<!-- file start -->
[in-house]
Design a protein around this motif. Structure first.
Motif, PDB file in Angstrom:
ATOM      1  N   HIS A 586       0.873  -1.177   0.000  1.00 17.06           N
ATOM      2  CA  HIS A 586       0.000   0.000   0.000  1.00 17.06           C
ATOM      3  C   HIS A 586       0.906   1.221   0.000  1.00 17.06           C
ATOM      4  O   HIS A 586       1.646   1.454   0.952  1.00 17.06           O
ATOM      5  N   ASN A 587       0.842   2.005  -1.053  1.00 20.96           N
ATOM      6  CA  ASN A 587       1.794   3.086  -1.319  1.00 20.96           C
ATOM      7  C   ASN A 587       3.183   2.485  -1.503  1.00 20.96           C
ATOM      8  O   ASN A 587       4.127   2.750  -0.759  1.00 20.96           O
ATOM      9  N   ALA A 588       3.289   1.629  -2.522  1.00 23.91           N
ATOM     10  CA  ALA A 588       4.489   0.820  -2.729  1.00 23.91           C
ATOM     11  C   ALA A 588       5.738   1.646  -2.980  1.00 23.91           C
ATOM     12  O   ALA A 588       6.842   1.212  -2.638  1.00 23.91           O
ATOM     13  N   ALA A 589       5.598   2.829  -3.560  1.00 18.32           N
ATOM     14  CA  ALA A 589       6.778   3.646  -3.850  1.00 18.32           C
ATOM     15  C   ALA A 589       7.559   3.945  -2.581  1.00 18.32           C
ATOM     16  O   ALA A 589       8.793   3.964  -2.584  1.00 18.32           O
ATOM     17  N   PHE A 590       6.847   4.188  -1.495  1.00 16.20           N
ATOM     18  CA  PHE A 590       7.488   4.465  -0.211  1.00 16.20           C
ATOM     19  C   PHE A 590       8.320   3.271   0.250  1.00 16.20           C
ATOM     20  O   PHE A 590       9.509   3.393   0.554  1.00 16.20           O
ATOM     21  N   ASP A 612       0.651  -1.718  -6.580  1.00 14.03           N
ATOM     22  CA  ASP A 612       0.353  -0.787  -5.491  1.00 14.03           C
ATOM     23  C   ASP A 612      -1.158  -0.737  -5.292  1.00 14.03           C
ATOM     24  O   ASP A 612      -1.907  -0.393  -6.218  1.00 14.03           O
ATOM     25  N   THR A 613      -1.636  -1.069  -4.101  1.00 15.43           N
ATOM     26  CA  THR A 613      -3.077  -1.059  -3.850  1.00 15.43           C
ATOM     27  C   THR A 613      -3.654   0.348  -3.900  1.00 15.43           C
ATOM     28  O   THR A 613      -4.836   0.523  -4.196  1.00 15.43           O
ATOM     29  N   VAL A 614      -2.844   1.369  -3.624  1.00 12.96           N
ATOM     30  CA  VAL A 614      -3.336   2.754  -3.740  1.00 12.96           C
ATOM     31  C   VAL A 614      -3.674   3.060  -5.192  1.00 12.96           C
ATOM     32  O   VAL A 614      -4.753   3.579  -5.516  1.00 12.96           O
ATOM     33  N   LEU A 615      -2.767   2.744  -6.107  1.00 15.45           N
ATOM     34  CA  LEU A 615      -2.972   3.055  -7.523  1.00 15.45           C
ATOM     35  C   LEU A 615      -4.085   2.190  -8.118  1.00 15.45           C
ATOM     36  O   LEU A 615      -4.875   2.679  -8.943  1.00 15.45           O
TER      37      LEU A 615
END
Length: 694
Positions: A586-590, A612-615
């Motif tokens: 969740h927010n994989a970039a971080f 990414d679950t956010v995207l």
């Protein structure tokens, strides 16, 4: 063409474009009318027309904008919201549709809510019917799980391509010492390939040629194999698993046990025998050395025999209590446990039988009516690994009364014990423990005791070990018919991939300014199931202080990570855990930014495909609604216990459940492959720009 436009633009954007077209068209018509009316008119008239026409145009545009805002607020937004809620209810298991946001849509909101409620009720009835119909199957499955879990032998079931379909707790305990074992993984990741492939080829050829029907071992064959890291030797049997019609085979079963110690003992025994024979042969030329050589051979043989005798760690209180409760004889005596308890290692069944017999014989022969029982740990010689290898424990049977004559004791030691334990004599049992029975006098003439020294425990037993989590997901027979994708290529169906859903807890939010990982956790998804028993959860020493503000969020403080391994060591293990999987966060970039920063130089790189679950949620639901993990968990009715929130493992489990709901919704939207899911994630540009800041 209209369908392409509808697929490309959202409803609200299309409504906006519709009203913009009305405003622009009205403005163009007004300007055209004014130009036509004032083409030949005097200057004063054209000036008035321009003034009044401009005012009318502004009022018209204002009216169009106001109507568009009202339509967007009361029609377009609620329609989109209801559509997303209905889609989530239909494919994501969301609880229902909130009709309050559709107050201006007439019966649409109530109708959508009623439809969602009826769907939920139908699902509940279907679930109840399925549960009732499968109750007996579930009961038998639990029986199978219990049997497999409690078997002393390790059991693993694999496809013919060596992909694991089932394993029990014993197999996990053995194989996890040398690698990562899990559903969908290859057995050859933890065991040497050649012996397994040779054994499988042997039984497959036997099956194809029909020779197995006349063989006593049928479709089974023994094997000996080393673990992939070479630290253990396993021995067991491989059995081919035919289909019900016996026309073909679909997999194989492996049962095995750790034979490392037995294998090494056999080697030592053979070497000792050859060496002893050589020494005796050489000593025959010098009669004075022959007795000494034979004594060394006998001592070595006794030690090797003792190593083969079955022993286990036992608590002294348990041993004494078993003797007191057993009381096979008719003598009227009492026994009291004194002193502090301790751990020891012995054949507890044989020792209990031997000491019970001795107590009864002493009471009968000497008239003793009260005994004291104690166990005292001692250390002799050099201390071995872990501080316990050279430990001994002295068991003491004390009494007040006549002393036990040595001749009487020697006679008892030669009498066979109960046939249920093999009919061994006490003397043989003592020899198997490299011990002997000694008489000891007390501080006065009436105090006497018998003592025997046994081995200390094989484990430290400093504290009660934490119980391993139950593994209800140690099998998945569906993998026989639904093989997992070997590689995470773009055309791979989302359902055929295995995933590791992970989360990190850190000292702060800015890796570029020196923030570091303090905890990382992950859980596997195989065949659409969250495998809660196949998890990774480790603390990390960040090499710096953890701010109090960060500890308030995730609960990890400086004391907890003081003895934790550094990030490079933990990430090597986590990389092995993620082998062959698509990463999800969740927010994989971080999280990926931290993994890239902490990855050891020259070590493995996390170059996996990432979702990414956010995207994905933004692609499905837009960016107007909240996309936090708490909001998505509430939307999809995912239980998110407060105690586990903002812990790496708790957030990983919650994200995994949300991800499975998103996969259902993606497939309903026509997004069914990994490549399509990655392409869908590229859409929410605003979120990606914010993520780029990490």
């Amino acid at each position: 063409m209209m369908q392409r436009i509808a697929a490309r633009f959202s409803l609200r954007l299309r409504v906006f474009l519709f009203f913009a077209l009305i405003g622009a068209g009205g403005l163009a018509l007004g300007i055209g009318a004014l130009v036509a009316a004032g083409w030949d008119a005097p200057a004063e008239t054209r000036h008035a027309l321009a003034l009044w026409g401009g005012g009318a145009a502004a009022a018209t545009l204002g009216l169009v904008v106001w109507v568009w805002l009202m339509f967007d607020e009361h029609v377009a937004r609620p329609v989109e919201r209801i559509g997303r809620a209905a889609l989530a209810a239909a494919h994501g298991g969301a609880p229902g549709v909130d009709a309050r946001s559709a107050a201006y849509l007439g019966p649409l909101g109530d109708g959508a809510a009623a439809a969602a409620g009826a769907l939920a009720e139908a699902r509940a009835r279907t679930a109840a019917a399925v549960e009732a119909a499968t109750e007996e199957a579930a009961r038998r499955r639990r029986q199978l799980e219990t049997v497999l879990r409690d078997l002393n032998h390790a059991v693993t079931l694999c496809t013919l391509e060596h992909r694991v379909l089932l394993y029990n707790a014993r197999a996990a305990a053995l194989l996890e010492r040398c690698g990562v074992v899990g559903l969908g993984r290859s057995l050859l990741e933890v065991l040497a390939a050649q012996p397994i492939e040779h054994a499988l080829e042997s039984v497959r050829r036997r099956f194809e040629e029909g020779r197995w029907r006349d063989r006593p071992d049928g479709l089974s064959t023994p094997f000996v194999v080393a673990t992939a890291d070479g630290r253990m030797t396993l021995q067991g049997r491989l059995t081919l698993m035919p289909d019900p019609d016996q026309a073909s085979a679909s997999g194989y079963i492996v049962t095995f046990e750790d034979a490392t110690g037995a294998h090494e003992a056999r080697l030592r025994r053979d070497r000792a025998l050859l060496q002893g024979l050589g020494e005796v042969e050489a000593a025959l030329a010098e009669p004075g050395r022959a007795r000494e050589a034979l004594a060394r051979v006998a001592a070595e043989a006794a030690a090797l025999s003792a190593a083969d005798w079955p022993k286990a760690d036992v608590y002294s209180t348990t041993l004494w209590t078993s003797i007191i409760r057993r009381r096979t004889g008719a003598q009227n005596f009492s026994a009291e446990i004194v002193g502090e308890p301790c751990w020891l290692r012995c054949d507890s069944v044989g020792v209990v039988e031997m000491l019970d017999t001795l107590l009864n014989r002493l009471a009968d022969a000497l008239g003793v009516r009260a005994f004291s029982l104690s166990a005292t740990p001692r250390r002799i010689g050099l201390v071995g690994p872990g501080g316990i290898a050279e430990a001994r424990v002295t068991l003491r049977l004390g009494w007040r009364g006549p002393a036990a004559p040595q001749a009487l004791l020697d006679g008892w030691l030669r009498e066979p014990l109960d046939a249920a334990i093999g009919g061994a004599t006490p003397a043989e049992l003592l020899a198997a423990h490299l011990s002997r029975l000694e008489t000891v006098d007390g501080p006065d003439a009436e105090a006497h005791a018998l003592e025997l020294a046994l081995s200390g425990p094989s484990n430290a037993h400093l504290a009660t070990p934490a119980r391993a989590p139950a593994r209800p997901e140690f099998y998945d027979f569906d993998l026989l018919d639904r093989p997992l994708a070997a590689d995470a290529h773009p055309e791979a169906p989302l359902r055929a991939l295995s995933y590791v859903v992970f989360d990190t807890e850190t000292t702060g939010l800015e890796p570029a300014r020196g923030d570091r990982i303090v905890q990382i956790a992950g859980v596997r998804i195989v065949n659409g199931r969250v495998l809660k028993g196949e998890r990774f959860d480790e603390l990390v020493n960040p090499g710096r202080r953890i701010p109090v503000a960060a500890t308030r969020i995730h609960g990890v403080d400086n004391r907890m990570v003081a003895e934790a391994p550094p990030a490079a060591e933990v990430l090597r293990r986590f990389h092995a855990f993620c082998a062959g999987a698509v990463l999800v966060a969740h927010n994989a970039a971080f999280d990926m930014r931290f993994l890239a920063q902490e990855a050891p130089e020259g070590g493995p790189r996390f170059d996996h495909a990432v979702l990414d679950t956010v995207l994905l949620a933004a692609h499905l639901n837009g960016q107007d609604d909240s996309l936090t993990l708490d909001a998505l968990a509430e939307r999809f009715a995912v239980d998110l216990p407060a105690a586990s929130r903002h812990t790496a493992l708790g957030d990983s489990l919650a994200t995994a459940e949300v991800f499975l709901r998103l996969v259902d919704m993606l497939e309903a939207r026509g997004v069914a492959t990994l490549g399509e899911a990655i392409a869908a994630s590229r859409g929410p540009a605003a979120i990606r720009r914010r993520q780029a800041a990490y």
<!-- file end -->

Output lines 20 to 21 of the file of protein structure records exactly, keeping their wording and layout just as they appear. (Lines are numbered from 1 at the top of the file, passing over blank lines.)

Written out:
ATOM     17  N   PHE A 590       6.847   4.188  -1.495  1.00 16.20           N
ATOM     18  CA  PHE A 590       7.488   4.465  -0.211  1.00 16.20           C